As a matter of practicality, if the franchisor does not object to your financial position, good character and prior business experience, the landlord should also not have reason to object to you taking over the lease. However, some franchisors may be in a phase characterised by a more aggressive growth strategy to growing the network. Therefore, they may be less discerning or selective as to the suitability of a franchisee to successfully run a franchise business within their network. However, generally, a franchisor will take a lot of care to select the right franchisees who appear to have the capability to operate the business well. These considerations usually align with the landlord’s interests in dealing with an honest tenant, capable of operating a thriving business that generates adequate income to pay the rent. 

Standard Assignment Provisions in a Franchise Agreement 

When you communicate with the current franchisee, it is easy to overlook the fact they do not own the intellectual property required to operate the business. This is the defining characteristic, and indeed often the competitive advantage, of buying a franchise rather than an independently-owned business. However, the franchise agreement the current franchisee entered with the franchisor will only confer to the franchisee a conditional right to sell the business. 

It is a standard provision in a franchise agreement that a franchisee must not transfer or attempt to transfer their rights and interests in the franchise business without applying for the franchisor’s consent through a formal process. The franchisor will usually consent to transfer of the terms of the franchise agreement to a buyer (and prospective franchisee) where you provide sufficient information to demonstrate that the buyer:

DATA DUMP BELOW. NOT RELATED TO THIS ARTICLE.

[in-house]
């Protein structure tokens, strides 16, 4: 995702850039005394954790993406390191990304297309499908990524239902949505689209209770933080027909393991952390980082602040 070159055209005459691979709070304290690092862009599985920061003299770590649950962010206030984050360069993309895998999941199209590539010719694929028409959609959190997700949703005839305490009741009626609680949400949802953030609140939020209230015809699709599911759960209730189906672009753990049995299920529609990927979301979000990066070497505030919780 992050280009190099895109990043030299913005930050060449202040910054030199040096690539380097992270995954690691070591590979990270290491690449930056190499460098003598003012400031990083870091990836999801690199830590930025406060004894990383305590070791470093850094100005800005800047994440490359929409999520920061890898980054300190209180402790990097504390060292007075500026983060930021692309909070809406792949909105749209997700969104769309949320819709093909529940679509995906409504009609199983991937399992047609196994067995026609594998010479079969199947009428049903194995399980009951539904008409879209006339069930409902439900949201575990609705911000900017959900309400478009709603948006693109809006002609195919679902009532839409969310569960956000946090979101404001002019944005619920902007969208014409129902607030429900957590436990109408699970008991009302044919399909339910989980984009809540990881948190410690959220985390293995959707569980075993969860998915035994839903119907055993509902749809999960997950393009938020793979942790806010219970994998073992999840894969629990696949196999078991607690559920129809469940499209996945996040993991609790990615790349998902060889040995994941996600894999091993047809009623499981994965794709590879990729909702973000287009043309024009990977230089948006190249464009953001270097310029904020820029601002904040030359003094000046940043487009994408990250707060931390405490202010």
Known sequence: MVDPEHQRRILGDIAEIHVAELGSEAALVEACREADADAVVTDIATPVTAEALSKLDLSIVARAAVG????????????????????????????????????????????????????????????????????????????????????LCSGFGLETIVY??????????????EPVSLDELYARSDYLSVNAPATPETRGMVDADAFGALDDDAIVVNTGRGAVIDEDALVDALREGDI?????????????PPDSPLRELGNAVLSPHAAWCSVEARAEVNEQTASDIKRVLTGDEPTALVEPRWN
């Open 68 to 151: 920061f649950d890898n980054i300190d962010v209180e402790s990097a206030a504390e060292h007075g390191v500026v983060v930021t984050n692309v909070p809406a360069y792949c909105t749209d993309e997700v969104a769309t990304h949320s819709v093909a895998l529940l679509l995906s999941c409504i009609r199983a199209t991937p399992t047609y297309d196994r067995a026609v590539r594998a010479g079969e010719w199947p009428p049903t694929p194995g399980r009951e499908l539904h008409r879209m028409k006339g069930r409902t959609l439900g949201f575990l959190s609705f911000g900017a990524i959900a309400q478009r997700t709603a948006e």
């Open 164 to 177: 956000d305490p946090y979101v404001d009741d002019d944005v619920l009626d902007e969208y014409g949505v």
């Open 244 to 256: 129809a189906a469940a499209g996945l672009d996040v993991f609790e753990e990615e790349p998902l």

• meets the franchisor’ selection criteria; 
  • has appropriate business experience;
  • is solvent; 
  • is likely to meet their financial obligations under the franchise agreement; 
  • undergoes the required training; and
  • provides any guarantees and indemnities that the franchisor reasonably requires.

Response Timeframe

The assignment provision will generally provide a specific timeframe within which the franchisor must provide a response. This response will either be consenting or not consenting to your suitability for their franchise network. A common time frame is 42 days. Notably, the franchising code does not permit the franchisor to unreasonably withhold consent. 

Cooling-Off Period

Moreover, there is a 14-day cooling-off period. This applies to the purchase of an existing franchise where you are requesting an assignment of the existing franchise agreement. The franchising code entitles you, during the cooling-off period, to notify the franchisor in writing should you change your mind. This will allow you to terminate the franchise agreement. On receiving notice from you, the franchisor must also arrange a refund of eligible payments made to the franchisor.

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What Happens if I Do Not Obtain the Required Approvals?

Ultimately, failing to obtain the franchisor’s consent can jeopardise the sale. This is because you will not have the right to operate under the franchise brand. Prior to obtaining the consent of the franchisor, it is imperative that you are aware of the risks of: